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Let $\Omega\neq\mathbb{C}$ be a simply connected domain containing a point $c$. Let $\phi:\Omega\rightarrow D$ be a conformal mapping such that $\phi(c)=0$. The function $g_{c}(z)=\log|\phi(z)|$ is called the Green's function of $\Omega$ corresponding to $c$. Show that $g_{a}(b)=g_{b}(a)$ for any $a,b\in\Omega$.

I'm not sure about this. I took $\phi_{a}:\Omega\rightarrow D$ with $\phi_{a}(a)=0$ and $\phi_{b}:\Omega\rightarrow D$ with $\phi_{b}(b)=0$ so that $g_{a}(z)=\log|\phi_{a}(z)|$ and $g_{b}(z)=\log|\phi_{b}(z)|$. Then it seems I need some map from $\Omega$ to $\Omega$ that perhaps interchanges $a$ and $b$ but I can't justify the existence of such a function and don't know how to continue.

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up vote 2 down vote accepted

How to exchange two points of a domain by a conformal automorphism of the domain?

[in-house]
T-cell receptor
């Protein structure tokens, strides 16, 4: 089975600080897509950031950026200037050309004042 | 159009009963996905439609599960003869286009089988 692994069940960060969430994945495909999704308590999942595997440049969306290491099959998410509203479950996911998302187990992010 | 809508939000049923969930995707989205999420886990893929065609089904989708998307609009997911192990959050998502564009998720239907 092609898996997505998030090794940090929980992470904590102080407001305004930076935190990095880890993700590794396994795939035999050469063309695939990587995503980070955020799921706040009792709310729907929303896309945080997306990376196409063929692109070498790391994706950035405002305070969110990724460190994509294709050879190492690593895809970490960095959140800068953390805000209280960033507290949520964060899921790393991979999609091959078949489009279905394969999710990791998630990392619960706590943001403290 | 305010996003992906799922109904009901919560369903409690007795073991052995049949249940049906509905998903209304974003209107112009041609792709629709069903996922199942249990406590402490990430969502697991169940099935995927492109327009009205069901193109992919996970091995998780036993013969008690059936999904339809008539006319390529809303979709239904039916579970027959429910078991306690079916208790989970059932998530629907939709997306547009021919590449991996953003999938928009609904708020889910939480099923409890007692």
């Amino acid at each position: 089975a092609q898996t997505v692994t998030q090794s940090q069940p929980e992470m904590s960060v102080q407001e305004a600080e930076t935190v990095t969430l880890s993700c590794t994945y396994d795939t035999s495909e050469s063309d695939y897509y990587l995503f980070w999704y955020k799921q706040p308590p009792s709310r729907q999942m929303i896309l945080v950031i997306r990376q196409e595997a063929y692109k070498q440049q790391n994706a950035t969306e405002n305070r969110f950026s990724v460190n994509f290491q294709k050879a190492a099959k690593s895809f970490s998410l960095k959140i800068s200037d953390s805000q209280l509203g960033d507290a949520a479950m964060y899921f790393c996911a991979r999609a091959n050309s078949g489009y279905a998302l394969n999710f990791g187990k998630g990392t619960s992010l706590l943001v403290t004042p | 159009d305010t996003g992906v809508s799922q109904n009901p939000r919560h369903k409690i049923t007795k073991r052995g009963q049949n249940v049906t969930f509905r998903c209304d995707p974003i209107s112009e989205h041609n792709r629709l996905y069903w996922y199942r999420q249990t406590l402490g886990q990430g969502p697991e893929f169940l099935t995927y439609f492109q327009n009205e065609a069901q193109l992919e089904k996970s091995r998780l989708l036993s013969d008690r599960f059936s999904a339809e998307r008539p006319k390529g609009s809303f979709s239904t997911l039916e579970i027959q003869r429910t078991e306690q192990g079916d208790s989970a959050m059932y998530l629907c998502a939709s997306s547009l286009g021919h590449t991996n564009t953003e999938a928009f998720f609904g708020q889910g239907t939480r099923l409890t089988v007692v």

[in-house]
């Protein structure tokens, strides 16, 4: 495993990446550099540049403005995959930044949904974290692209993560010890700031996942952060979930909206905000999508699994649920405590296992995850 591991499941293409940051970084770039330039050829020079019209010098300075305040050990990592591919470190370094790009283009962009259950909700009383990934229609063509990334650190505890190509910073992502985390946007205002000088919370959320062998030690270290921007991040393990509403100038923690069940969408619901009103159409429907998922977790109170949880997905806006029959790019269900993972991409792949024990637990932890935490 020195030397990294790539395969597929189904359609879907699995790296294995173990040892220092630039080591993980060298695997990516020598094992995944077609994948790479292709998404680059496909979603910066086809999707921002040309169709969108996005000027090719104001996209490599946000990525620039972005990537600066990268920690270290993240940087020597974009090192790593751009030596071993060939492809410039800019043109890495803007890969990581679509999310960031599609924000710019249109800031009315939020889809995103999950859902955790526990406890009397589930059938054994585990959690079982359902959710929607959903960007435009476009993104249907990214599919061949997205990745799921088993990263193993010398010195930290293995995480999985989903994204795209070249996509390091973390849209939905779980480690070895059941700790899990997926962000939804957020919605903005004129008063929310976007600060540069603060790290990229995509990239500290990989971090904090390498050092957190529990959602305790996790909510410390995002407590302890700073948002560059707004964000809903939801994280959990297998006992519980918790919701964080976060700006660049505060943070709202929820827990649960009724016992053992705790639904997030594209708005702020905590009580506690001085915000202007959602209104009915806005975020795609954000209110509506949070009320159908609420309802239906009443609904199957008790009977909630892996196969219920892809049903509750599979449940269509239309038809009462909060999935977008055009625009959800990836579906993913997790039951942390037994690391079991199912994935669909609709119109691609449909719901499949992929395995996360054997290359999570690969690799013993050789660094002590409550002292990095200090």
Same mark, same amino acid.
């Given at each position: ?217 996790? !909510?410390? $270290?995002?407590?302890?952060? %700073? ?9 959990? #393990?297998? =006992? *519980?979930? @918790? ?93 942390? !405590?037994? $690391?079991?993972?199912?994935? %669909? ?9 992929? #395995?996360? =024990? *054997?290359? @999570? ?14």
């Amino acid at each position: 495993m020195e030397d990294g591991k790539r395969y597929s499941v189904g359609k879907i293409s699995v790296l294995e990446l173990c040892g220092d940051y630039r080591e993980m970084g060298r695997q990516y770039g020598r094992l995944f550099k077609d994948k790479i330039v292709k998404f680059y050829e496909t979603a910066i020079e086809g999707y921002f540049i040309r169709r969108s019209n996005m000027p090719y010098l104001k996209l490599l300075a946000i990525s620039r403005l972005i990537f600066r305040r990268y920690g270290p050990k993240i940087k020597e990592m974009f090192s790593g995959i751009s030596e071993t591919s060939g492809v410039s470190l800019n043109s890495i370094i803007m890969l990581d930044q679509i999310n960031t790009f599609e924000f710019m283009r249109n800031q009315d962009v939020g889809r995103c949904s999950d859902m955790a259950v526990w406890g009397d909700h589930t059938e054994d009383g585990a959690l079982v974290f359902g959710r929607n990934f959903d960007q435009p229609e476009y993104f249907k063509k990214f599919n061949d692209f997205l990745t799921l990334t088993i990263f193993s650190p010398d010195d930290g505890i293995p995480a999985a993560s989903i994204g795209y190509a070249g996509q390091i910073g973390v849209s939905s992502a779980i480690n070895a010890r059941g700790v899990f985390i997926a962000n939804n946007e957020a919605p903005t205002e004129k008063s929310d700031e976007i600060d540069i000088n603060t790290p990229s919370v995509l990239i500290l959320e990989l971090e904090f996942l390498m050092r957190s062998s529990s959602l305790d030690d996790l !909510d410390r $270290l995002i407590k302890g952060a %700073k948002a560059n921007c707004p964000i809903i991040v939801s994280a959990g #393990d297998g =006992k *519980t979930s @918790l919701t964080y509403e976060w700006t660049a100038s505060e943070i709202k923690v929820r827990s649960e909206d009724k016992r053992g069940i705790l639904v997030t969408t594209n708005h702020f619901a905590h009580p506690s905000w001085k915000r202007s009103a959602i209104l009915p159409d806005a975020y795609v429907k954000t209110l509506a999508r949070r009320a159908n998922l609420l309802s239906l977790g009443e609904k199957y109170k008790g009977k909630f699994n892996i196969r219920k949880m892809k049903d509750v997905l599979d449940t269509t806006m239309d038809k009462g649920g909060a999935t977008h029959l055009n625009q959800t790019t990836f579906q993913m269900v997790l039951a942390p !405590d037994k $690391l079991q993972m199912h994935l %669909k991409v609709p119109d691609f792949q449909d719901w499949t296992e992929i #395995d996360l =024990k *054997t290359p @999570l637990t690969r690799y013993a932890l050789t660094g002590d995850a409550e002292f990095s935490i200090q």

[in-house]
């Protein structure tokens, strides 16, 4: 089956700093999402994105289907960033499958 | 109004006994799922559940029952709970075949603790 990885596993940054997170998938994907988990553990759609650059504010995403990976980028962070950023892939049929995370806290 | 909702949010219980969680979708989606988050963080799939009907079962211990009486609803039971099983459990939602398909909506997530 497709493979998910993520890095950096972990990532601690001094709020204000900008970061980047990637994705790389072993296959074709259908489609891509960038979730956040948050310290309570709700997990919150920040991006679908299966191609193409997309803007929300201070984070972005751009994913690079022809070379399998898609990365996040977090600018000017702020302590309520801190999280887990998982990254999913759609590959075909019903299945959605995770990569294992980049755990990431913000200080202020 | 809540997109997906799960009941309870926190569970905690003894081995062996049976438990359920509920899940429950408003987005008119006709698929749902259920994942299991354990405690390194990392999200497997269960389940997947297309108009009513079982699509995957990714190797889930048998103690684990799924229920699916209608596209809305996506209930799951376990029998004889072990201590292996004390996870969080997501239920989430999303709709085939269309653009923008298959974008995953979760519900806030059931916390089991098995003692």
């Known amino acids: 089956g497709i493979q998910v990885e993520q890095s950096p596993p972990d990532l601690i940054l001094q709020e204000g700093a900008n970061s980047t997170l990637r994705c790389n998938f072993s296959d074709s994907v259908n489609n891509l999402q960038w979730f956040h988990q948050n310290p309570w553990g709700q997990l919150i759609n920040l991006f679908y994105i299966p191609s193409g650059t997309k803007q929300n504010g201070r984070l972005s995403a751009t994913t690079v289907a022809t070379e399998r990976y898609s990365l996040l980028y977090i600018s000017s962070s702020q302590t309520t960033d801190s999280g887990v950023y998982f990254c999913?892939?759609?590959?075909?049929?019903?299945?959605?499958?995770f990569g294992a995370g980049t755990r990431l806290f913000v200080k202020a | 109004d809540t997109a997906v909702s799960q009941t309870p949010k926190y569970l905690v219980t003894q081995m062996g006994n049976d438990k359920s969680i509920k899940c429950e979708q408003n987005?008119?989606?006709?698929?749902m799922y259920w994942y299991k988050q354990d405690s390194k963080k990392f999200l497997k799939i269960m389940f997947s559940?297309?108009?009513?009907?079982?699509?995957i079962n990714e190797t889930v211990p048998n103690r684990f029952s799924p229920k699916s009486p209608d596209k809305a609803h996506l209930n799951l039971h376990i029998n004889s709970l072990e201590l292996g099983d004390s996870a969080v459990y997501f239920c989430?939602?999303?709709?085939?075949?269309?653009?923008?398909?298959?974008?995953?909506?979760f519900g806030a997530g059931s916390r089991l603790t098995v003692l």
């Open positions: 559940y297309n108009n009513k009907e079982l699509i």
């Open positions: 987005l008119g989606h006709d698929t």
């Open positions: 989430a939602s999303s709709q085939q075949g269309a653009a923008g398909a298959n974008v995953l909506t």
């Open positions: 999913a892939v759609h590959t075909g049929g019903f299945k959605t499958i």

Consider the simplest nontrivial case: exchange $0$ and $b\in D$ by a conformal automorphism of $D$. You should know a Möbius map that sends $b$ to $0$, namely $\frac{z-b}{1-\bar b z}$. However, it sends $0$ into $-b$. This is easily fixed: take $-\frac{z-b}{1-\bar b z}$ instead.

You can now swap any pair $a,b\in D$ by first moving $a$ to $0$ by a Möbius map $f$, then exchanging $0$ and $f(b)$, then applying $f^{-1}$.

And if two points lie in some simply connected domain $\Omega\ne \mathbb C$, you can map the domain onto $D$ by some conformal map $f$, exchange $f(a)$ and $f(b)$, and then apply $f^{-1}$.

That said, there is a more streamlined way to do this problem:

  • compute $g$ for $\Omega=D$. In this case $\phi_a$ is known explicitly, and you can see directly that $g$ is symmetric.
  • show that if $f:\Omega \to D$ is a conformal map, then for any $a,b\in \Omega $ $$g_a^{\Omega }(b) = g_{f(a)}^{D}(f(b)) $$ where I used subscripts to distinguish Green's functions of different domains. This is a consequence of the fact that composition of conformal maps is conformal.
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